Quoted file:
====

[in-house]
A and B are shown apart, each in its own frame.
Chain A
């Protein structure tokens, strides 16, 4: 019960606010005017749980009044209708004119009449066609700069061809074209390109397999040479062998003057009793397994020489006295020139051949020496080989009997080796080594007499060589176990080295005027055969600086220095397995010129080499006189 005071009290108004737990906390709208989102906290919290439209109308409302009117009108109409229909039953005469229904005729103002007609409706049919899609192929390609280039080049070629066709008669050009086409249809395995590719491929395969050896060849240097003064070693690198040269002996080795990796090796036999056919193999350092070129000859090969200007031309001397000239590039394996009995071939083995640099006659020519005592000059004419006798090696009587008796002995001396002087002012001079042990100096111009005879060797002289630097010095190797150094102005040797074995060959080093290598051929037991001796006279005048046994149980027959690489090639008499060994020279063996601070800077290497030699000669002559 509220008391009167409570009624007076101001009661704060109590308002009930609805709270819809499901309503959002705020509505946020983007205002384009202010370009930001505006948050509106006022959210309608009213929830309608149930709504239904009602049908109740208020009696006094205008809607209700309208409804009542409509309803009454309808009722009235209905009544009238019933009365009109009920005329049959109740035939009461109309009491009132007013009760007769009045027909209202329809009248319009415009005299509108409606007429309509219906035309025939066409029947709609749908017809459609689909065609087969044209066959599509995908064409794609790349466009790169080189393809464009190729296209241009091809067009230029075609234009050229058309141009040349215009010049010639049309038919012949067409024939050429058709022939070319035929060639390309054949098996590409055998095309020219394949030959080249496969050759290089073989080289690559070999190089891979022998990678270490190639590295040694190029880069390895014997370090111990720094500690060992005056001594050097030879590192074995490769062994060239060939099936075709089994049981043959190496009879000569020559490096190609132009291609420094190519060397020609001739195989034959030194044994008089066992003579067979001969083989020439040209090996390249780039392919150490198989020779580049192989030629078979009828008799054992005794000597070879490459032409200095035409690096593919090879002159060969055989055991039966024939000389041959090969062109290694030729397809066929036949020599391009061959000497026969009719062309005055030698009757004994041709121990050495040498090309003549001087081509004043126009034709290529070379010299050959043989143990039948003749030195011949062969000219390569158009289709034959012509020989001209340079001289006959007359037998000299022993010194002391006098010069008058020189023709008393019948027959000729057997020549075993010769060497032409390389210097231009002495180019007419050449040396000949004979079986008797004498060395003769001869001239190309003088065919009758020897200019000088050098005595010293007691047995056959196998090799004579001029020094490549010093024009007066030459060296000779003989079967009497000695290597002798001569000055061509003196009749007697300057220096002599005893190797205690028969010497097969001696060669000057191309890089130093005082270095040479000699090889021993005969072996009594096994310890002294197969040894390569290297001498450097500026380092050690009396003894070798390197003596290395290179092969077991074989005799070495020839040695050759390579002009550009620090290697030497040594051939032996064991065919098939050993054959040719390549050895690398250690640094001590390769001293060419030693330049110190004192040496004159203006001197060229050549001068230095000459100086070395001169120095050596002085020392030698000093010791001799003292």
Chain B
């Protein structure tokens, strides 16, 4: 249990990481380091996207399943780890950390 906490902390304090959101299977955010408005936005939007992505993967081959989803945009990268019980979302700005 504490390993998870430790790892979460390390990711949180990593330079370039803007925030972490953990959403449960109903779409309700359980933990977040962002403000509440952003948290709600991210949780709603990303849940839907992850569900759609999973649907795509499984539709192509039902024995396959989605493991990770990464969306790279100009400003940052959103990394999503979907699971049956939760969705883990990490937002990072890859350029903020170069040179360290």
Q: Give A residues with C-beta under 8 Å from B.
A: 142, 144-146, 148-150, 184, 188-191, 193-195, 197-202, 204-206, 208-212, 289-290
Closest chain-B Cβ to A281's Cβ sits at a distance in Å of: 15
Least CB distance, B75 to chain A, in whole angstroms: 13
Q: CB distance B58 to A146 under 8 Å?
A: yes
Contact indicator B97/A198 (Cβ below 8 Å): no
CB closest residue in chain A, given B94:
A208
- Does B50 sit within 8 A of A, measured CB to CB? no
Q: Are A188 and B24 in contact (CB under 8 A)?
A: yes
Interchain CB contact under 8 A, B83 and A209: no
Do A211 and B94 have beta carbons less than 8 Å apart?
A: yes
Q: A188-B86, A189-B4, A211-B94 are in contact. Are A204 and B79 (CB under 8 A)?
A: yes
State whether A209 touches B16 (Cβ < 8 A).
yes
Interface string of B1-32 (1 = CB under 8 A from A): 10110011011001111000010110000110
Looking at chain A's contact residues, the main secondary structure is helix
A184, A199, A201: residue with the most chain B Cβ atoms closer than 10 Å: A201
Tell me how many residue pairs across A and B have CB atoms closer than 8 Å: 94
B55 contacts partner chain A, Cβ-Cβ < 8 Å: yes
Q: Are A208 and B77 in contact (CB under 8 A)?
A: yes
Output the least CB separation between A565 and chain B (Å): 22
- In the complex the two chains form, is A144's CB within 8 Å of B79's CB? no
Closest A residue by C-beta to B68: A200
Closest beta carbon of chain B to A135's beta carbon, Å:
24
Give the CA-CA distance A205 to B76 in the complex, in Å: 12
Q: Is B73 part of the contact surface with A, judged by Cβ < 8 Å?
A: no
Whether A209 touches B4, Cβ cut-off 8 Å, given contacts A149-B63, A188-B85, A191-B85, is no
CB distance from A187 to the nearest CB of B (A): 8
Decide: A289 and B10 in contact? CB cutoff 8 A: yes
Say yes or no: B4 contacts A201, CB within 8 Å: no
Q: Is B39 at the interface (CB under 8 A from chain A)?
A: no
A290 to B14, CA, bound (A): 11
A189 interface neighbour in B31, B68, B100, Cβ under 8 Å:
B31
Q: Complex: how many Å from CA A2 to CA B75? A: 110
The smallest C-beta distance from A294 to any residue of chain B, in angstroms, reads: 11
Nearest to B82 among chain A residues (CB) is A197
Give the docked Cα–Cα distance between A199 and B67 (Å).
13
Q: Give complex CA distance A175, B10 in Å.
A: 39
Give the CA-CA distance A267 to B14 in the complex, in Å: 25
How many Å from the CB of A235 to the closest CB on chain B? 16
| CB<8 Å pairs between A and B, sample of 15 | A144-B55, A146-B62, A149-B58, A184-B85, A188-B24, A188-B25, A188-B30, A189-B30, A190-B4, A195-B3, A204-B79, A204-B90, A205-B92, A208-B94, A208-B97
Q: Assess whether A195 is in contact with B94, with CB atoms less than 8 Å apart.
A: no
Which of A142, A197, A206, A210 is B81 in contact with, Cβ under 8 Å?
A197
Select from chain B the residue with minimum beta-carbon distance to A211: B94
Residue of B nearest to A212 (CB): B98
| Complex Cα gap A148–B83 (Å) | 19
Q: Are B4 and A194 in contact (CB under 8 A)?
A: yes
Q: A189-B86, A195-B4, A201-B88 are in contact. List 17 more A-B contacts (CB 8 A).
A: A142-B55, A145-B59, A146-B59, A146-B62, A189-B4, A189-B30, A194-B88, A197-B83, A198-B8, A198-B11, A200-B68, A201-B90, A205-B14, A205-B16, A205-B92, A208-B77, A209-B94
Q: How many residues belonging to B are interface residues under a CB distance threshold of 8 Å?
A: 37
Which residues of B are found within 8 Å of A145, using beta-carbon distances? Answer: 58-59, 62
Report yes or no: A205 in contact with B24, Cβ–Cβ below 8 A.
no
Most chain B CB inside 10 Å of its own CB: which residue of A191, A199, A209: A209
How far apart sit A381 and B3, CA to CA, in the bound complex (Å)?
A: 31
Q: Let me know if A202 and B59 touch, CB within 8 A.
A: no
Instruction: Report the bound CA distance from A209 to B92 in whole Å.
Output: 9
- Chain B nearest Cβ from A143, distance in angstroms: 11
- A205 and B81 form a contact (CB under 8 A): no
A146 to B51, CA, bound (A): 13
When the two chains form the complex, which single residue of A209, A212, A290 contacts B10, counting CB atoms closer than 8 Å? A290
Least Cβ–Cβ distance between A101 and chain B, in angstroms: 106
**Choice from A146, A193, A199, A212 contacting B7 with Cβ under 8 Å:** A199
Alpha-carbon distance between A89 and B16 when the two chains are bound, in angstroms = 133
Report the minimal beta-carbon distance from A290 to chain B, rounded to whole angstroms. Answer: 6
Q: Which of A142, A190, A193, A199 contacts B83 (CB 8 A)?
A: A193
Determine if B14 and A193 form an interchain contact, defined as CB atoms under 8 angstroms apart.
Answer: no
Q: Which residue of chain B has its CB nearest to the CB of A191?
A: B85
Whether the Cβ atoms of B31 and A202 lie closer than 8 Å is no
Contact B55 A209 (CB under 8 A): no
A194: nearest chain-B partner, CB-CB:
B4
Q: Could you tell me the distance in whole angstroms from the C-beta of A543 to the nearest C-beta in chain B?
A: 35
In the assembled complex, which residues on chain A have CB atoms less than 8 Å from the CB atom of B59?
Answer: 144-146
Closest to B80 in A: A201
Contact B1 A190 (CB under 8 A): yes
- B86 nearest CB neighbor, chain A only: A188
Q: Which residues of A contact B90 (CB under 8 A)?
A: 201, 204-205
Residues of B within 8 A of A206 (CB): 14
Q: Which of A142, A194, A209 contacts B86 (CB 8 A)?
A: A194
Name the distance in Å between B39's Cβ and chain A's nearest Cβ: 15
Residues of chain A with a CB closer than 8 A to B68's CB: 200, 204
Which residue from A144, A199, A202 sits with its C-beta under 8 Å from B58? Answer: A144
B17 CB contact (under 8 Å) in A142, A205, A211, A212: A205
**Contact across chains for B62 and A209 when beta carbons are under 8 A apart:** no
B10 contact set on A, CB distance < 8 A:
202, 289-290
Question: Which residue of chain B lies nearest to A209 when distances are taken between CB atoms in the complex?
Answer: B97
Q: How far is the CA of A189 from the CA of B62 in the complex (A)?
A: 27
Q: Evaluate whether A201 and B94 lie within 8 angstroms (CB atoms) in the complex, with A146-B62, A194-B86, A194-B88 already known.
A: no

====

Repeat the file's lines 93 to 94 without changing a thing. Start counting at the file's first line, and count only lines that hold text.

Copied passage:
Determine if B14 and A193 form an interchain contact, defined as CB atoms under 8 angstroms apart.
Answer: no